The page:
The package has real practical features that help. It includes a $3.5 million investment in childcare assistance using a simplified system that is much more user friendly. It is much more intense in its support for lower income families. Furthermore it is structured to leave families better off, on average, by $33 per week. There are also investments in preschool education, childcare support for shift workers, and targeted support for families in distress.
Whilst women directly benefit from this policy, it is important to emphasise that it is targeted at families. We must move from a default setting where childcare and family are automatically considered female responsibilities. Overwhelmingly families do play a vital and positive role in providing security and care and as such are the foundation stones of our society. However every family is different, in its make-up and outlook. As a liberal, I fundamentally believe our system should not proscribe how we care for those we love but allow real choice, for women and also for men, based upon each families’ unique circumstances and values. We also need to look closely at our tax arrangements to see whether we are really encouraging choice in workforce participation. Which takes me to my third theme: tax.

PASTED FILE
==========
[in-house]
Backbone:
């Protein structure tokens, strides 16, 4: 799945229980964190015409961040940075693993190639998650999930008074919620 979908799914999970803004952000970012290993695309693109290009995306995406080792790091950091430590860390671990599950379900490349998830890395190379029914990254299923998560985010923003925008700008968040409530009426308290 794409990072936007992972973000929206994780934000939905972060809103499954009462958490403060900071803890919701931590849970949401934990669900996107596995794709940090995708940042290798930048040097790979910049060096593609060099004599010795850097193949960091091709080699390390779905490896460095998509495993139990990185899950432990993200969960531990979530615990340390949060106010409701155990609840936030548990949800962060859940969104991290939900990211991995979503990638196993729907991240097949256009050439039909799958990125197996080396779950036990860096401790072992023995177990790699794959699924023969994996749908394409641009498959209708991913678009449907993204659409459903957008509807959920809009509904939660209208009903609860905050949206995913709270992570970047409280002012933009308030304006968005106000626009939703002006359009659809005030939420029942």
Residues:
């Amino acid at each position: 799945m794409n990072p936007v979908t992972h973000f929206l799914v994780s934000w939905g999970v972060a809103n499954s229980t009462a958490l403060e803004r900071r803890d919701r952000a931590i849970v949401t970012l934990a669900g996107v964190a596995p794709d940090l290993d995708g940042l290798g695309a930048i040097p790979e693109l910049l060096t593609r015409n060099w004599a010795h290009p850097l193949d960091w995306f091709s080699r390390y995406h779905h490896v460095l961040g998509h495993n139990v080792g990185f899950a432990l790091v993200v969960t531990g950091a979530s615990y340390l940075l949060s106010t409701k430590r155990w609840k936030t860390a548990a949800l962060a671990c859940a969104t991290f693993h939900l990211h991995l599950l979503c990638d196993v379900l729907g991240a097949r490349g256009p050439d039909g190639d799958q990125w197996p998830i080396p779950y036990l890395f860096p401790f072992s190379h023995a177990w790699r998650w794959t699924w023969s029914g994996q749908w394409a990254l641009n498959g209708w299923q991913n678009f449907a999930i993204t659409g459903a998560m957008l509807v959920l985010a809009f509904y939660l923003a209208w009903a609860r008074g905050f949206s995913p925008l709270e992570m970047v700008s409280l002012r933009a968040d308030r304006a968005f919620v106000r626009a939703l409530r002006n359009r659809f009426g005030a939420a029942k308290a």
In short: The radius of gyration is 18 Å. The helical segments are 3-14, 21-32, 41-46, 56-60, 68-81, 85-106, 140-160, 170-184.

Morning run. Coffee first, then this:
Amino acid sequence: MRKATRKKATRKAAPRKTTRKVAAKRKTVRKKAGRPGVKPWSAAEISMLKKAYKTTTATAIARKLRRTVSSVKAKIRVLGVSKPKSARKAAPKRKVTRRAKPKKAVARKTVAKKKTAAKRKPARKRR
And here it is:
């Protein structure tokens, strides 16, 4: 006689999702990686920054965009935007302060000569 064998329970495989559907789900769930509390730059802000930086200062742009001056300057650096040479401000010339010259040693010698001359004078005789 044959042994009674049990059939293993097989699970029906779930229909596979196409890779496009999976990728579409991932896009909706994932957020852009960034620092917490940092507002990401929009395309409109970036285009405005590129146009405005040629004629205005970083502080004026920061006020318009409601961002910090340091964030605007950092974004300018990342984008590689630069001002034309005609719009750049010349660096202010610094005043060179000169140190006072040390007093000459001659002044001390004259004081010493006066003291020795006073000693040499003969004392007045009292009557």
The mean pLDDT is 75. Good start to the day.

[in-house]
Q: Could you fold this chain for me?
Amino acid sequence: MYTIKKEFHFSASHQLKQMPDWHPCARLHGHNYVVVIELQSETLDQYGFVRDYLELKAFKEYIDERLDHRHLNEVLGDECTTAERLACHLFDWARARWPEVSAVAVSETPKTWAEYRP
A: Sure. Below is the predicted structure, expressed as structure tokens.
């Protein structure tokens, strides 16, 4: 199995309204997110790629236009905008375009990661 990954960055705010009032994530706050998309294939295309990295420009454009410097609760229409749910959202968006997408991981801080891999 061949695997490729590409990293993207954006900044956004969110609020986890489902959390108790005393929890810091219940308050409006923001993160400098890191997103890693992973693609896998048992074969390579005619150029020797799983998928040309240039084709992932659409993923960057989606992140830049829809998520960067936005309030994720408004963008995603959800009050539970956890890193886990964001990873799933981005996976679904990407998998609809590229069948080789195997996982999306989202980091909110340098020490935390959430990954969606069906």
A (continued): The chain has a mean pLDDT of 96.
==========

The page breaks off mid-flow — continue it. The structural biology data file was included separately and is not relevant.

With 58 per cent of university students being women, we are a smart country, with a generation of highly educated skilled women. However, after having children, families understandably focus on the marginal financial benefit of the second income earner returning to the workforce. Often, but I should stress not always, this second income earner is a woman. How much extra will families have in their pocket after tax and after childcare costs? All too often the marginal financial benefit is simply too low to justify the stress of juggling work and family commitments and loss of time with loved ones. So in reality, many women often forgo paid work because financial reward is insufficient or even non-existent. With it they also forgo choices regarding their career and an alternative means of social contribution.